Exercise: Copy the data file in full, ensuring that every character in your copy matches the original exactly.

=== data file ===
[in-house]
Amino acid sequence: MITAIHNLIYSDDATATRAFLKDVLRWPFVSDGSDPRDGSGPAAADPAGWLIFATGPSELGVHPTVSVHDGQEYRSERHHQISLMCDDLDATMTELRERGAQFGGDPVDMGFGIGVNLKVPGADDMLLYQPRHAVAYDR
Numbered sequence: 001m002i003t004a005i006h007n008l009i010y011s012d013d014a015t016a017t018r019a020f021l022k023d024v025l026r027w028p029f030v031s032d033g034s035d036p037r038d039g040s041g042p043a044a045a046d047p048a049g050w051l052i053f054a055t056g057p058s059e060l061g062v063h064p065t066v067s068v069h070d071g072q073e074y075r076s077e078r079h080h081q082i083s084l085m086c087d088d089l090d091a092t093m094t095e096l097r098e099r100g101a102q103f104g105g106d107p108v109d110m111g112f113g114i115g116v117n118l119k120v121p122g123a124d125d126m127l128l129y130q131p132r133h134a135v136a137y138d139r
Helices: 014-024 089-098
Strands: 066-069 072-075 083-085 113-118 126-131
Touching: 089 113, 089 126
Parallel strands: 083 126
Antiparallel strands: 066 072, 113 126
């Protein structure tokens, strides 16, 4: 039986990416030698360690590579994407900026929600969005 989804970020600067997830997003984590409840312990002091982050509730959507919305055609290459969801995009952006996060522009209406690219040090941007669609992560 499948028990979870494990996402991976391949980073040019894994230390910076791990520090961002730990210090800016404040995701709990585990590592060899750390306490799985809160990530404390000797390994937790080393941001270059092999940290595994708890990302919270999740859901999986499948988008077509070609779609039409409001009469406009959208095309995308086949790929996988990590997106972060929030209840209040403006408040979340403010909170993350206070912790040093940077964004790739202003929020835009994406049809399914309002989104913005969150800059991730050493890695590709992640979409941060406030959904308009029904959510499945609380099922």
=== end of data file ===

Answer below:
[in-house]
Amino acid sequence: MITAIHNLIYSDDATATRAFLKDVLRWPFVSDGSDPRDGSGPAAADPAGWLIFATGPSELGVHPTVSVHDGQEYRSERHHQISLMCDDLDATMTELRERGAQFGGDPVDMGFGIGVNLKVPGADDMLLYQPRHAVAYDR
Numbered sequence: 001m002i003t004a005i006h007n008l009i010y011s012d013d014a015t016a017t018r019a020f021l022k023d024v025l026r027w028p029f030v031s032d033g034s035d036p037r038d039g040s041g042p043a044a045a046d047p048a049g050w051l052i053f054a055t056g057p058s059e060l061g062v063h064p065t066v067s068v069h070d071g072q073e074y075r076s077e078r079h080h081q082i083s084l085m086c087d088d089l090d091a092t093m094t095e096l097r098e099r100g101a102q103f104g105g106d107p108v109d110m111g112f113g114i115g116v117n118l119k120v121p122g123a124d125d126m127l128l129y130q131p132r133h134a135v136a137y138d139r
Helices: 014-024 089-098
Strands: 066-069 072-075 083-085 113-118 126-131
Touching: 089 113, 089 126
Parallel strands: 083 126
Antiparallel strands: 066 072, 113 126
């Protein structure tokens, strides 16, 4: 039986990416030698360690590579994407900026929600969005 989804970020600067997830997003984590409840312990002091982050509730959507919305055609290459969801995009952006996060522009209406690219040090941007669609992560 499948028990979870494990996402991976391949980073040019894994230390910076791990520090961002730990210090800016404040995701709990585990590592060899750390306490799985809160990530404390000797390994937790080393941001270059092999940290595994708890990302919270999740859901999986499948988008077509070609779609039409409001009469406009959208095309995308086949790929996988990590997106972060929030209840209040403006408040979340403010909170993350206070912790040093940077964004790739202003929020835009994406049809399914309002989104913005969150800059991730050493890695590709992640979409941060406030959904308009029904959510499945609380099922």